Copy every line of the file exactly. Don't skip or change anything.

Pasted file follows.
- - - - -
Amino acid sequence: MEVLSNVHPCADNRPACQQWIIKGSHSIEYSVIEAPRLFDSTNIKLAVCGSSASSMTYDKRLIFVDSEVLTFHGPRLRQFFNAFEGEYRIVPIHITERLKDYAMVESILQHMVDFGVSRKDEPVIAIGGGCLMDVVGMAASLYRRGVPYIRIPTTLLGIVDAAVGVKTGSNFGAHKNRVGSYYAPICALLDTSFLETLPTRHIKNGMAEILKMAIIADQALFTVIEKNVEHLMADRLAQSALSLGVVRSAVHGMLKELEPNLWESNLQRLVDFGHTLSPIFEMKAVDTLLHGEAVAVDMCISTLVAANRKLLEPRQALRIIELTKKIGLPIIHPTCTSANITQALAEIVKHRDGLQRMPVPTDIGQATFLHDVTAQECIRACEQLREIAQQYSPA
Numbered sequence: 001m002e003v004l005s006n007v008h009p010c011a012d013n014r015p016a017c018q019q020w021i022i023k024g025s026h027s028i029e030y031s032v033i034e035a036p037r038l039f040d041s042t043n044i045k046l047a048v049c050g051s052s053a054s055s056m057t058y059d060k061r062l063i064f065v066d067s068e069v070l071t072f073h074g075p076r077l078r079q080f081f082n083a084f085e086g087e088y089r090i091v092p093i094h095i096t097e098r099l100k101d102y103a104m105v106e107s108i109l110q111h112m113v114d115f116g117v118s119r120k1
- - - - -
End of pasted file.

Amino acid sequence: MEVLSNVHPCADNRPACQQWIIKGSHSIEYSVIEAPRLFDSTNIKLAVCGSSASSMTYDKRLIFVDSEVLTFHGPRLRQFFNAFEGEYRIVPIHITERLKDYAMVESILQHMVDFGVSRKDEPVIAIGGGCLMDVVGMAASLYRRGVPYIRIPTTLLGIVDAAVGVKTGSNFGAHKNRVGSYYAPICALLDTSFLETLPTRHIKNGMAEILKMAIIADQALFTVIEKNVEHLMADRLAQSALSLGVVRSAVHGMLKELEPNLWESNLQRLVDFGHTLSPIFEMKAVDTLLHGEAVAVDMCISTLVAANRKLLEPRQALRIIELTKKIGLPIIHPTCTSANITQALAEIVKHRDGLQRMPVPTDIGQATFLHDVTAQECIRACEQLREIAQQYSPA
Numbered sequence: 001m002e003v004l005s006n007v008h009p010c011a012d013n014r015p016a017c018q019q020w021i022i023k024g025s026h027s028i029e030y031s032v033i034e035a036p037r038l039f040d041s042t043n044i045k046l047a048v049c050g051s052s053a054s055s056m057t058y059d060k061r062l063i064f065v066d067s068e069v070l071t072f073h074g075p076r077l078r079q080f081f082n083a084f085e086g087e088y089r090i091v092p093i094h095i096t097e098r099l100k101d102y103a104m105v106e107s108i109l110q111h112m113v114d115f116g117v118s119r120k1